CLEVELAND — "I tried to commit suicide. I tried to take my own life. I took a bunch of pills and tried to drive off a cliff."
Sitting on the front porch of his east side home, Babe Kwasniak and two other military veterans share their stories.
Kwasniak is a Civilian Aide to the Secretary of the Army, the youngest person to ever be inducted into the Ohio Veterans Hall of Fame.
He's also a husband.
Then, the man to his right introduces himself.
"My name is Pat McGinty, I'm a West Point graduate, as well as Babe. I graduated in 2003."
McGinty served in the 121 Airborne Division in Iraq in 2005 and 2006. He is also a husband and a father.
The man to his right chimes in, too.
"I'm Mike Izzo, I'm also a West Point grad, former infantry officer, was in Iraq from 2005 to 2006."
Izzo served our country as well. He's in grad school. Somebody's son.
These three veterans have been out of active duty for years, but find themselves fighting a different battle: The rising issue of suicide, depression and PTSD in our veterans and active duty soldiers.
"By 2023, we will have more deaths by suicide than post-911 combat," Kwasniak points out.
He is referring to a report by a Boston University student out just this summer- that estimates that since 911, we've lost more active duty personnel and veterans to suicide than those actually killed combat.
A statistic, each of these men can understand.
"When I came home and got out of the army, I sort of felt lost," McGinty remembers.
Anxiety, depression and an overall sense of needing a purpose is what these men say drives these spiking deaths. For McGinty, it wasn't suicide that tempted him, but other demons.
"I've been sober now for five years, which I'm really proud of. And along that way, Mike and I realized we've been friends for 20 years and we never talk about any of this," he says, the realization still very evident on his face.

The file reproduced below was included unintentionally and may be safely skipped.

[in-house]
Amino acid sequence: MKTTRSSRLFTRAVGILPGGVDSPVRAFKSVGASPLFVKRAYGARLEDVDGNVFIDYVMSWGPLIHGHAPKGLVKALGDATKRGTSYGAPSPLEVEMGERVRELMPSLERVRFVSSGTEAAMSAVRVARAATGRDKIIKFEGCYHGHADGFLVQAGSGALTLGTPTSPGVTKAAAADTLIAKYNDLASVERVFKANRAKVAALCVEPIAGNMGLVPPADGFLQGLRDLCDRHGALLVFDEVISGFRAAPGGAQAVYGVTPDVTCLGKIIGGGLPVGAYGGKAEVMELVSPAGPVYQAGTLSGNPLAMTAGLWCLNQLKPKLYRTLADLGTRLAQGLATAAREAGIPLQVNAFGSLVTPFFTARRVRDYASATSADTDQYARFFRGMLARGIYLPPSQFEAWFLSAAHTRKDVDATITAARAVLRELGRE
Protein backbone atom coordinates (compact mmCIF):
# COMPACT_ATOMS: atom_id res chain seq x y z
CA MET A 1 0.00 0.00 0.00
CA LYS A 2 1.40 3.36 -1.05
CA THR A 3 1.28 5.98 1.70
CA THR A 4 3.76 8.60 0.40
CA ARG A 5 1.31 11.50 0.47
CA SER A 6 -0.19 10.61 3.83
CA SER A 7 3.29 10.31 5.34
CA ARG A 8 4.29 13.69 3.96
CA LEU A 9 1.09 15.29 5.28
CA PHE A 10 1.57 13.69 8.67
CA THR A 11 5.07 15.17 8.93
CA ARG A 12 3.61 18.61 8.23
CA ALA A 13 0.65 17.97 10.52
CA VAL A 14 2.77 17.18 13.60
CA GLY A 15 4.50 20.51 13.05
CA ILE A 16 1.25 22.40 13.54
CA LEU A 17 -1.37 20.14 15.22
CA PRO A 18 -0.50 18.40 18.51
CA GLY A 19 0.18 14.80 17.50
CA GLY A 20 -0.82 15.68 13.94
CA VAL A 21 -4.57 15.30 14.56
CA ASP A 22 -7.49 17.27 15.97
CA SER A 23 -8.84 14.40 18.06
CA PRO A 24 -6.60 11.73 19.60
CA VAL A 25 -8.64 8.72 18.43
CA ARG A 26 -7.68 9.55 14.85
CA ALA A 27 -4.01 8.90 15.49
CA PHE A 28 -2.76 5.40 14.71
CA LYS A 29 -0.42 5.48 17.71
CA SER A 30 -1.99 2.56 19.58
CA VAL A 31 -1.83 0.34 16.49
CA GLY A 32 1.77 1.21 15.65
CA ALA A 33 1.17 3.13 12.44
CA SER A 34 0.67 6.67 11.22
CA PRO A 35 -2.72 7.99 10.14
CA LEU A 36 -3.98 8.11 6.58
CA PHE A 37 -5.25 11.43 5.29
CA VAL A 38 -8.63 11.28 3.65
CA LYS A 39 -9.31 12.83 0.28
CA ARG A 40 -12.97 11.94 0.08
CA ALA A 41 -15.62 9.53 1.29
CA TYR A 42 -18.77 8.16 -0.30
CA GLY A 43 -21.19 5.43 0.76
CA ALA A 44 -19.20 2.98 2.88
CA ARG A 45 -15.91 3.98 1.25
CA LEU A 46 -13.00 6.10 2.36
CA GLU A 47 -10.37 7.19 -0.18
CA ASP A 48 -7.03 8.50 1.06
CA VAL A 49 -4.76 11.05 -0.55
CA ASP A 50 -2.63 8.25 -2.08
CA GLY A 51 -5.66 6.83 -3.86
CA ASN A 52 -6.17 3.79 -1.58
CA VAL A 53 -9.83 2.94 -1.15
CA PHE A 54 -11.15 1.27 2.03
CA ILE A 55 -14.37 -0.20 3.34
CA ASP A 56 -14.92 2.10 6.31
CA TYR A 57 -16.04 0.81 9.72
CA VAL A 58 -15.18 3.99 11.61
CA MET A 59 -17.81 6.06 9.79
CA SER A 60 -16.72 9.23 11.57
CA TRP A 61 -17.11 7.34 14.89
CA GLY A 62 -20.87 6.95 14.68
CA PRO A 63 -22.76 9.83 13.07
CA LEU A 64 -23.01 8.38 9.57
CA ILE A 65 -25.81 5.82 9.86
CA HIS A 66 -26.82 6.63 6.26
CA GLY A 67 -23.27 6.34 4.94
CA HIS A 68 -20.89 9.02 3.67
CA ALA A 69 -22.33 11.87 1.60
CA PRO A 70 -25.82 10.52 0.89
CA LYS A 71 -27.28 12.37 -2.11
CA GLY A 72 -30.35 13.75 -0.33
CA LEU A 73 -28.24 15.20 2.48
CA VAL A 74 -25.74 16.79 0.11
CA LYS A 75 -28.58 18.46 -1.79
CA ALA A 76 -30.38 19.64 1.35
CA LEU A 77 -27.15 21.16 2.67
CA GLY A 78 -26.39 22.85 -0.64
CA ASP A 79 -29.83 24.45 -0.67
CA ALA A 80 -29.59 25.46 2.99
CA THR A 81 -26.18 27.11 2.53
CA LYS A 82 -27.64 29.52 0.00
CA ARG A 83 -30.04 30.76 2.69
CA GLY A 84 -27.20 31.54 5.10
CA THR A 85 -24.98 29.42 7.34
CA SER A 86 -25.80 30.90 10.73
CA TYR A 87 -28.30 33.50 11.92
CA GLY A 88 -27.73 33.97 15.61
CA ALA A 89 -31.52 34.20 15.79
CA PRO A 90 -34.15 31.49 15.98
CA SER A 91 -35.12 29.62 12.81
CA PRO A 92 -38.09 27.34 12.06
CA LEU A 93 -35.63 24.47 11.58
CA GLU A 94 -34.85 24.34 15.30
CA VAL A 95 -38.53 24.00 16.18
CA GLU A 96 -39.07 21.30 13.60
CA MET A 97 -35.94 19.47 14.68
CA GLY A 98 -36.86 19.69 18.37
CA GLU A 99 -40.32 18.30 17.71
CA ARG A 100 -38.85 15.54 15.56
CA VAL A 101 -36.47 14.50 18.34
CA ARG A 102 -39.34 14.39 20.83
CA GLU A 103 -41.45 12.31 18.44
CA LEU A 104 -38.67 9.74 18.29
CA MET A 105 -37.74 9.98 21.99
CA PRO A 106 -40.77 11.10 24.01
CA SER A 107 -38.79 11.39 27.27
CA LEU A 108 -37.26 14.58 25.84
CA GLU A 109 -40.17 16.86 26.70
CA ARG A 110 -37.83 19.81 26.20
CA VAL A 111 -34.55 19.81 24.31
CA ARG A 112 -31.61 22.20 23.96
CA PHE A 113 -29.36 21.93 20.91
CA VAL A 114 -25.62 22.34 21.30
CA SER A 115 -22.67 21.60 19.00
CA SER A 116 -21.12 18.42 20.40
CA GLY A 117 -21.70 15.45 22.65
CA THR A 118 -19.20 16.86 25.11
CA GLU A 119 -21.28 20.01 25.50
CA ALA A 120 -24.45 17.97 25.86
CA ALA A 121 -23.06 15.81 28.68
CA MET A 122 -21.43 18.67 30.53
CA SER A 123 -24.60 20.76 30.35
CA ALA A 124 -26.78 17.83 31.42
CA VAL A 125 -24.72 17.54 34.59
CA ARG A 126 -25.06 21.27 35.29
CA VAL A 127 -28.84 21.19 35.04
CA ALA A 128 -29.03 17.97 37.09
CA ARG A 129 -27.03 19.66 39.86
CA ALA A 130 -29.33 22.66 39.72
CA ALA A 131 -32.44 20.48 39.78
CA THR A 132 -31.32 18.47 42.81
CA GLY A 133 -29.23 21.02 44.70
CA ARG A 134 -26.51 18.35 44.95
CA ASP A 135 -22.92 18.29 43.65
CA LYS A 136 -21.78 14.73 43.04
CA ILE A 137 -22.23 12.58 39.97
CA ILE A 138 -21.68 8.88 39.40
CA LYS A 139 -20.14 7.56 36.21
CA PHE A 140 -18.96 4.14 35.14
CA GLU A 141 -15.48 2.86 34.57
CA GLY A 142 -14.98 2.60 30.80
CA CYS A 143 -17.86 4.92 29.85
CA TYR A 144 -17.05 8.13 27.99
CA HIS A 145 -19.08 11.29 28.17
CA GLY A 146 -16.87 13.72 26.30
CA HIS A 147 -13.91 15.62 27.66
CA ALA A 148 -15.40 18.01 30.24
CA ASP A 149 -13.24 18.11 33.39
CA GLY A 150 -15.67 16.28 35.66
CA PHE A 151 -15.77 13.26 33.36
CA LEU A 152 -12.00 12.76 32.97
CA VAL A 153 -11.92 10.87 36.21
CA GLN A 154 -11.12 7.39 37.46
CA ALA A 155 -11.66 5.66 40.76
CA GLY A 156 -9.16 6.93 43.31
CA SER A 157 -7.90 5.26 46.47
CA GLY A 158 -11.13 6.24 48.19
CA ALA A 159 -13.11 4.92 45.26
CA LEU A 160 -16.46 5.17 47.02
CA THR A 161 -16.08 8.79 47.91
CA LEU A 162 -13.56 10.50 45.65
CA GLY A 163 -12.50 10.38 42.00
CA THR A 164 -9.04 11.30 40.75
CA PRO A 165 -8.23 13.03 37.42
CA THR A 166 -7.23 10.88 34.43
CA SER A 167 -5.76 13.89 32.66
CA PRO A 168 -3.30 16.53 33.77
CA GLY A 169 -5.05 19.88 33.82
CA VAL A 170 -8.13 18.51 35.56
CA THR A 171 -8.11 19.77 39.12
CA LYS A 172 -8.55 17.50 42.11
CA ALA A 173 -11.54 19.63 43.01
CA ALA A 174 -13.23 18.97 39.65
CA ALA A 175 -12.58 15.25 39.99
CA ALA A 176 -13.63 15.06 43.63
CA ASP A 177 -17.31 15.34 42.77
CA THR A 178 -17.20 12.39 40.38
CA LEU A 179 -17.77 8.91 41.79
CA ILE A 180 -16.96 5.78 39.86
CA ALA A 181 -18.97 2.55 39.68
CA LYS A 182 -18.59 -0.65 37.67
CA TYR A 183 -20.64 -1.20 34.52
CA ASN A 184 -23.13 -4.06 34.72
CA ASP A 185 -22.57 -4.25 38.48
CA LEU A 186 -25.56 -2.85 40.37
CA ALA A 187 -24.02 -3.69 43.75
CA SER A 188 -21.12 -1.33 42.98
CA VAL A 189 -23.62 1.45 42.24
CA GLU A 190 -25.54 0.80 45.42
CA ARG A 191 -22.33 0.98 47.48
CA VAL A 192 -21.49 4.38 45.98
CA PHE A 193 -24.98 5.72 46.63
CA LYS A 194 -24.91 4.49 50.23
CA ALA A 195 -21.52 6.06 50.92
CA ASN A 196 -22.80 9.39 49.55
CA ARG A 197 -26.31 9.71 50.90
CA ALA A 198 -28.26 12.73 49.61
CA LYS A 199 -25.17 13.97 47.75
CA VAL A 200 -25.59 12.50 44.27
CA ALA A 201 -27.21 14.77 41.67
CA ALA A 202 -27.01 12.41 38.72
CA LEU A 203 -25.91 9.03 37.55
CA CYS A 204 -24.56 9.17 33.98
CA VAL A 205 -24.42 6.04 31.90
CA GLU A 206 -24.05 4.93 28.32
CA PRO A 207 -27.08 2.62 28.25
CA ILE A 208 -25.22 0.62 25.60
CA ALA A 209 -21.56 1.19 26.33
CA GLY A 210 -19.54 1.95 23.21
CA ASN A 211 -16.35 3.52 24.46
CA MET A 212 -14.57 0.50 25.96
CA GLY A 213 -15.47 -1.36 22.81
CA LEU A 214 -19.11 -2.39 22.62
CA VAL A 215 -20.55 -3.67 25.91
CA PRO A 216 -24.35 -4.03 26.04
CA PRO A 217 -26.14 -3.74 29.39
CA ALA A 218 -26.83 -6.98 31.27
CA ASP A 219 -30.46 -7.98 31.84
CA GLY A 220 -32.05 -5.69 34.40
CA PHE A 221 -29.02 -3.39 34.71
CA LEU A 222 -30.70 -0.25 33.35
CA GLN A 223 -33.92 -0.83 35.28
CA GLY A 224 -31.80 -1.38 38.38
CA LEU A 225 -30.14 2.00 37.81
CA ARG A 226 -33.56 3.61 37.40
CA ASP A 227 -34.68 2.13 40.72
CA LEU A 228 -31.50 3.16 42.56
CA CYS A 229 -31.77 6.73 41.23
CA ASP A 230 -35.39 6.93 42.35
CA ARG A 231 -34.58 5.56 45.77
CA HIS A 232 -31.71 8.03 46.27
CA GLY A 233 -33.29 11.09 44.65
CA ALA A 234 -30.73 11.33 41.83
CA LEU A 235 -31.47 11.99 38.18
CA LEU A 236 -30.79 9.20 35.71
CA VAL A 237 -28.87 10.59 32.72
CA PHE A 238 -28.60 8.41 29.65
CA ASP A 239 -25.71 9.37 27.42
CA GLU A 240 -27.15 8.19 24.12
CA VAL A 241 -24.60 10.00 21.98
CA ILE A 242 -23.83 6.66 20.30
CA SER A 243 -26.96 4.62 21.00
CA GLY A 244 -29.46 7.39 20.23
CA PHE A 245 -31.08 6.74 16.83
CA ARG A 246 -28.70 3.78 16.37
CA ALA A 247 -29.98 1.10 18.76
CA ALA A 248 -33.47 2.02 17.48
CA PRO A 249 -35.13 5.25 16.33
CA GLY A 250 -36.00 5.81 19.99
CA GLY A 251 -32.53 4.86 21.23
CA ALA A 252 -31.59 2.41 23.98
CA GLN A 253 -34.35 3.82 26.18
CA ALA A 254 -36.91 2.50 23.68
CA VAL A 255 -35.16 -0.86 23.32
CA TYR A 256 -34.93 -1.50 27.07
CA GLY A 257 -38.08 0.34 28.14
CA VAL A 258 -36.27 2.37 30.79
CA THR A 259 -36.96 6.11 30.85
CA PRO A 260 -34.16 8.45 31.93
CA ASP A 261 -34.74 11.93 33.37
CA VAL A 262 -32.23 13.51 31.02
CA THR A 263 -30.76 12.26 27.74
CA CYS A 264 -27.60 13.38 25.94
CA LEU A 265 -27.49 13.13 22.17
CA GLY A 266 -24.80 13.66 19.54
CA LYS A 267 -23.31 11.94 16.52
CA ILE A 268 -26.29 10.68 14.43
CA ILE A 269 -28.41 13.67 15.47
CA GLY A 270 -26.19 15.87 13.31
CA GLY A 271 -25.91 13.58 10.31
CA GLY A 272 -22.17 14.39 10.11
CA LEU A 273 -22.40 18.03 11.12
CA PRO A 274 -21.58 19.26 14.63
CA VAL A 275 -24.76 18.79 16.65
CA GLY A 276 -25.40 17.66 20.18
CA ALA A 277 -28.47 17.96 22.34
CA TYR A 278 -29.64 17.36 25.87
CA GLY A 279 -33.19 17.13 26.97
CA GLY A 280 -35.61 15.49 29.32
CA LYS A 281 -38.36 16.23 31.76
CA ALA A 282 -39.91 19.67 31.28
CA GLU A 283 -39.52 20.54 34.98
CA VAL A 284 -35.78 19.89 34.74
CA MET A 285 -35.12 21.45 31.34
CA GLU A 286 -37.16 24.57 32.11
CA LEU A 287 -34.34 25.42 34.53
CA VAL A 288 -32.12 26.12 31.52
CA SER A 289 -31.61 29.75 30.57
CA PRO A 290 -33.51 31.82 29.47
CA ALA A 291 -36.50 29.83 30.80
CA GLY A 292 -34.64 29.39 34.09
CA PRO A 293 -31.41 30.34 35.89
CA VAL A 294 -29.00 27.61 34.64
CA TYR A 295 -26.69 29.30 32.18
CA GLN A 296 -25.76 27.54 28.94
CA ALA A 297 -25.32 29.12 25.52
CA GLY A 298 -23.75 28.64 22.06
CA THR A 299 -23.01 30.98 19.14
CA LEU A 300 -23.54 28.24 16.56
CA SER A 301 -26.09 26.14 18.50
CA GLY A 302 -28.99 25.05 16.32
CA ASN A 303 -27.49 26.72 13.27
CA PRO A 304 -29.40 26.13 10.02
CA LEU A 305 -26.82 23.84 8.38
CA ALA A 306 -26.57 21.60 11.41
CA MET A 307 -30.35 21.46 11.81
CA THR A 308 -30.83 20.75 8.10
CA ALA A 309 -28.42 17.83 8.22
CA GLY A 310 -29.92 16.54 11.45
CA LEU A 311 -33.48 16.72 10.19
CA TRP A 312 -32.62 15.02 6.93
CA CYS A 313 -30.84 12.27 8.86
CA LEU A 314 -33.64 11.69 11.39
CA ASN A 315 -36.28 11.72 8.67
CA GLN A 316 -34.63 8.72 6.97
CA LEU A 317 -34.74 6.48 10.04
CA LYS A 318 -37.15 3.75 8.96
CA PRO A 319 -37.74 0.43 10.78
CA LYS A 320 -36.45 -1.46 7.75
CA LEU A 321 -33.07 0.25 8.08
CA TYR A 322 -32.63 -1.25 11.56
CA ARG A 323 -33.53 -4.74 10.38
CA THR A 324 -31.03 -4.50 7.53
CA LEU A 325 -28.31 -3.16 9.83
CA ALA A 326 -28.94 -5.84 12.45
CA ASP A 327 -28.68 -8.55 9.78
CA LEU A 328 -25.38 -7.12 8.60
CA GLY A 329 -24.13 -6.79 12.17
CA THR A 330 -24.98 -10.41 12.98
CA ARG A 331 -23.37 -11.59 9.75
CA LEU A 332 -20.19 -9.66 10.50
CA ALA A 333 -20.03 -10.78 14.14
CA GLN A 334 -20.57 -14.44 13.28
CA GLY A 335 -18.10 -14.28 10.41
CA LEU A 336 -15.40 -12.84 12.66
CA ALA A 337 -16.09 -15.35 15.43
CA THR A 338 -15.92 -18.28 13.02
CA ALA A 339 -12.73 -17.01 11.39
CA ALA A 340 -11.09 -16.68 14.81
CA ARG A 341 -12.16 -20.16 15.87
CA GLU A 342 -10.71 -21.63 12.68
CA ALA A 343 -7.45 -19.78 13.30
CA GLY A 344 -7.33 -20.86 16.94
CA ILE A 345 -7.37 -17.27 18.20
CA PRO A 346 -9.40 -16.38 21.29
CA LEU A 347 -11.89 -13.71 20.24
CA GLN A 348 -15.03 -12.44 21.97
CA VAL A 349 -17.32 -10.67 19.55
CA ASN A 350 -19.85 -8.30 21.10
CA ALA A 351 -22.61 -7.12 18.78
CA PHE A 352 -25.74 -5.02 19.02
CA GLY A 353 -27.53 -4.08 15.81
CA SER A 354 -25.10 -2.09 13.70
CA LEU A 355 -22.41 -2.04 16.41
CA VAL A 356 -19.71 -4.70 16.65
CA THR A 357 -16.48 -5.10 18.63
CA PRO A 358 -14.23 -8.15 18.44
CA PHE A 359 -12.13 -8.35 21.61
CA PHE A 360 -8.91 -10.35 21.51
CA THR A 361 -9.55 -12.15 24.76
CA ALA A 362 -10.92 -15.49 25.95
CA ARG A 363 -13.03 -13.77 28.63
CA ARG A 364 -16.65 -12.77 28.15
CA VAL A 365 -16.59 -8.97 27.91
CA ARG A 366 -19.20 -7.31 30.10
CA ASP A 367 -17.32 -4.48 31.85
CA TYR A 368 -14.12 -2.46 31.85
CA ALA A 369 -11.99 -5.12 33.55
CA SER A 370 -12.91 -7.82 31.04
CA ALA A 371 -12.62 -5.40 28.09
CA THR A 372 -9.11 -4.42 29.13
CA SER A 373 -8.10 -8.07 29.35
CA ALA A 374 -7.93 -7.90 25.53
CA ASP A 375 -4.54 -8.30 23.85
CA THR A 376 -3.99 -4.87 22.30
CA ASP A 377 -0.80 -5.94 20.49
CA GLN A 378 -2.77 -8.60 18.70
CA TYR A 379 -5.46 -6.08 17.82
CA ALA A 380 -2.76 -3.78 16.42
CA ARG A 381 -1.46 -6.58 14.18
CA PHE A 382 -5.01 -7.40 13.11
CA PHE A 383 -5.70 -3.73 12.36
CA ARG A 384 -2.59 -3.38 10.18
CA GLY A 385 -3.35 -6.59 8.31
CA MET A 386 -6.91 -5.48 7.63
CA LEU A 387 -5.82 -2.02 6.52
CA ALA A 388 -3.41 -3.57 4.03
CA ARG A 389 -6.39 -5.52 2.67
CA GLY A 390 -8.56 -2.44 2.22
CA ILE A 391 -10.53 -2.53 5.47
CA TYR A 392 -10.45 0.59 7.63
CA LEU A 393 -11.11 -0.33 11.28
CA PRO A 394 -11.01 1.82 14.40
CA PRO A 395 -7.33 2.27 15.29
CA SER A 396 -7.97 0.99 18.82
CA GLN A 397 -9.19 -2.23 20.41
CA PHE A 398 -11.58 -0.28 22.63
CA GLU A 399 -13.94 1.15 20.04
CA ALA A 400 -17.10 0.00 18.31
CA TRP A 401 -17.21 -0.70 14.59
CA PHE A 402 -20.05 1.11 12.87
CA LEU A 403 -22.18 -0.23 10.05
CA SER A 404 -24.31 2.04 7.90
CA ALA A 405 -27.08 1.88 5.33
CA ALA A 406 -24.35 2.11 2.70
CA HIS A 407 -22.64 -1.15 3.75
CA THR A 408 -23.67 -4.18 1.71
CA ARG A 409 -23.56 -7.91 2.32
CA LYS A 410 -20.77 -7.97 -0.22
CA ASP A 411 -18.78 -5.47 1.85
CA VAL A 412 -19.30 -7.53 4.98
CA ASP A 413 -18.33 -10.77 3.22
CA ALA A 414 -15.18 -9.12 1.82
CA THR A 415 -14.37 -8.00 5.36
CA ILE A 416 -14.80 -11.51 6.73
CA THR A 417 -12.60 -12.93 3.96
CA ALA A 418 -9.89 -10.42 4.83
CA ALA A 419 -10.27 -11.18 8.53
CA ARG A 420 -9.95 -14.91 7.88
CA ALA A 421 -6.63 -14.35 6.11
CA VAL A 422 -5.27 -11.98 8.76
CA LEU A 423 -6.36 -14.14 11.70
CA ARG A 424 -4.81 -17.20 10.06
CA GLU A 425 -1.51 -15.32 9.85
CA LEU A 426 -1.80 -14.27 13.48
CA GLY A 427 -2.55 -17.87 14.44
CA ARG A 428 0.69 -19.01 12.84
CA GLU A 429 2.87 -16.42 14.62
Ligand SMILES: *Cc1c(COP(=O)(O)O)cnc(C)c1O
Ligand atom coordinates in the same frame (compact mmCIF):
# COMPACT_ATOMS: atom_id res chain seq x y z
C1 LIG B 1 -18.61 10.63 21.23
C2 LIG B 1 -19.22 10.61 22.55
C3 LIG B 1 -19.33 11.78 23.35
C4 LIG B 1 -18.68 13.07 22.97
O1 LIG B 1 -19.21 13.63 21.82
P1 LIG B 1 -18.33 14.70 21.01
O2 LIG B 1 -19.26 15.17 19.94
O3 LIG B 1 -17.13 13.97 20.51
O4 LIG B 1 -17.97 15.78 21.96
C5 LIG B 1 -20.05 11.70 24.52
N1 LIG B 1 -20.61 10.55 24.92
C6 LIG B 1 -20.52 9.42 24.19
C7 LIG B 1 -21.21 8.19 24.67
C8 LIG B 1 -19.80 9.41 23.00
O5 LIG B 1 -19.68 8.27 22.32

Izzo says the thought of suicide never crossed his mind, but after coming home from war he gets it.
"And then I remember hitting a point in my life, a low point for me, and I remember thinking 'OK, I can understand where there's an appeal to some people for this.'"
The number one thing you learn while serving your country is the no man left behind mentality. Putting your soldiers lives -- and the lives of Americans everywhere -- before your own. But once you come home, that mentality can lead to deep retreatment.
"People in the military don't want to be a burden," Izzo points out. "And that carries through after you get out of the military, and I think that's a barrier for a lot of veterans to reach out."
A struggle, that has done damage similar to actual battlefield wounds. But, it's also taught these veterans there is more to life.
"And the reality is what you went through could save somebody's life. You're sitting on a lottery ticket, just cash it in," Kwasniak pleads.
The three are doing real work to change this narrative. McGinty and Izzo recently finished up season one of their podcast, "What We Brought Home," where veterans anonymously share combat stories still untold today.
Anyone is welcome to share their experiences on the podcast. Season two is coming soon.
Kwazniak serves with the local non-profit NEOPAT, an organization serving veterans with financial, mental, physical and workforce resources.
There are hundreds of soldiers who’ve returned from battle, and never shared their struggles, trigging PTSD and the rising suicide cases among veterans. But now, there are homes for these stories to just become memories.
"This is more curable than cancer. We’re making the choice to do nothing. That’s leaving guys like Izz and Pat on the battlefield," Kwzniak says, "And that’s not what we do. We don’t leave our teammates behind.”'
If you or someone you know may be considering suicide, contact the National Suicide Prevention Lifeline at 1-800-273-8255 (En Español: 1-888-628-9454; Deaf and Hard of Hearing: 1-800-799-4889) or the Crisis Text Line by texting HOME to 741741.